A losing gamble on its stock price cost
Electronic Data Systems
dearly Tuesday, but the company's hedging pratfalls are far from its biggest worry now.
Enduring its second free-fall in less than a week, EDS tumbled 29% after Merrill Lynch issued a critical report about the company's employee stock option plan. Merrill said EDS' hedging strategy -- which banked heavily on a climbing stock price -- has cost the company $225 million, effectively eliminating all free cash flow for 2002.
Merrill slashed its EDS recommendation to sell and withdrew all earnings guidance for the company after learning of the losses. The firm's action, which sent EDS plunging to a decade low of $11.68 a share, came just days after EDS issued a nightmarish earnings warning that chopped its stock price in half.
In addition, Tuesday's selloff appeared to alert investors that the company could face further problems down the road. Some analysts wondered whether EDS could continue to win big contracts as financial questions loom increasingly over the Plano, Texas, company. Others noted that EDS has been winning fewer big deals recently, an unsettling trend that could further penalize investors.
"We are now more cautious, even from the current price level," Merrill Lynch analyst Stephen McClellan wrote Tuesday. "The share price is likely to be under pressure as side effects ... surface."
Merrill Lynch raised concerns about EDS' earnings and cash flow, in addition to derivative charges expected to cost the company 21 cents a share.
EDS' derivative losses, paid for with commercial paper issued Friday, resulted from the company's attempt to minimize the costs of its stock option program through the use of derivatives like puts and forward investment contracts. The plan, implemented when EDS' stock was well over $60, has backfired in the wake of EDS' plunge below $20.
"They sold puts on their own stock, never dreaming it would go down this far," one short-seller said. "What they undertook as a profit center has turned into a disaster."
And this week
EDS has described its strategy as a "standard hedging technique" against employee stock options that poses no threat to its income statement. But UBS Warburg warned months ago that such an approach carries risks -- as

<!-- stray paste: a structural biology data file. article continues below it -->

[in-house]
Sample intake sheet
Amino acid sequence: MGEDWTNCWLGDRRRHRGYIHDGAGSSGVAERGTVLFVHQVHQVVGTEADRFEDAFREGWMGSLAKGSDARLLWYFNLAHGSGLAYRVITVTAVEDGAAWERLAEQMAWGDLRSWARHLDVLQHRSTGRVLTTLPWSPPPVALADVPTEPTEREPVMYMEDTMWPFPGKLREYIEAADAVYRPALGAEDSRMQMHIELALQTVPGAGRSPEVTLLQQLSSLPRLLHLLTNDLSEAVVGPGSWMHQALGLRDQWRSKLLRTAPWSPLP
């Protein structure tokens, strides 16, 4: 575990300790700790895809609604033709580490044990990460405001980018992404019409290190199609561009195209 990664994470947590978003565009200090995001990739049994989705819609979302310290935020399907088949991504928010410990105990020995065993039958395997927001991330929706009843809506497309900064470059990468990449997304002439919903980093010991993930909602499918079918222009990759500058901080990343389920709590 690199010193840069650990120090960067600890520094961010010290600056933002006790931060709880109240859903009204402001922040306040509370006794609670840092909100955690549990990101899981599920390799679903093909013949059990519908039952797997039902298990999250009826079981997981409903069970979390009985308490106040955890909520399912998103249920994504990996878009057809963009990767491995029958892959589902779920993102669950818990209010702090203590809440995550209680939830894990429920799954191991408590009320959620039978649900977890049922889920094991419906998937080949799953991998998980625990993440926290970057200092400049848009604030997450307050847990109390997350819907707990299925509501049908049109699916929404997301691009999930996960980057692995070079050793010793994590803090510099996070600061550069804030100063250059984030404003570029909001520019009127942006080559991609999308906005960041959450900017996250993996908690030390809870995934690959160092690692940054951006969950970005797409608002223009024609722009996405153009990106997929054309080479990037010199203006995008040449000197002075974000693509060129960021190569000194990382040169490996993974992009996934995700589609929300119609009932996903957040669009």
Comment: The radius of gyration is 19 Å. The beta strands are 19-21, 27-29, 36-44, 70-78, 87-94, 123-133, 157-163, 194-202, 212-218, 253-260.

illustrated by the experience of PC giant
"While many companies choose to hedge their employee stock option exposure via share buybacks, EDS chose to engage in these forward contracts, and is now suffering the consequences resulting from the sharp drop in the stock price during 2002," wrote UBS Warburg analyst Adam Frisch.
That warning -- the second issued by UBS this summer -- came a month before EDS stunned Wall Street with news that it would fall 82% short of third-quarter earnings expectations. After slashing its guidance, EDS saw its stock price spiral to then record lows and the cost of its derivative contracts multiply.
Since then, analysts have increasingly questioned the credibility of EDS' management team. Even before the latest warning, Frisch said investors have "a lack of conviction in EDS' earnings guidance." Other analysts have since followed Frisch's lead, saying that recent developments create serious doubts about EDS.
Many observers believe EDS still faces incredible challenges going forward. They say the company is increasingly dependent on winning massive contracts to hit sales targets. And they've expressed concern that EDS' precarious financial situation could threaten its ability to compete with industry leader
EDS has expressed confidence in its ability to snag big business, blaming its earnings shortfall on an overall disappearance of corporate spending. But analysts are more pessimistic.
"We do not share EDS' confidence that it is not losing market share," John Jones, an analyst at Soundview Technologies, wrote in a research note last week.
UBS agreed, citing recent shortfalls by the company.
"EDS has failed to win three key mega deals year-to-date," UBS wrote last month. "And in fact, EDS has not won a new billion-dollar-plus outsourcing contract since March 2001."
EDS, ranked second in the computer technology industry, is currently battling for a crucial multibillion-dollar contract with
J.P. Morgan Chase
-- a firm that ironically issued a harrowing earnings warning that coincided with EDS' own. UBS described such contracts as the "lifeblood" of EDS' growth.
But UBS expressed caution about EDS' future, indicating that the company's dry spell could very well continue.
"EDS is still in the running for two large deals in the financial services area," UBS wrote. "But the competition is fierce, and it is difficult to rest an investment thesis on two potential decisions, given the volatile environment."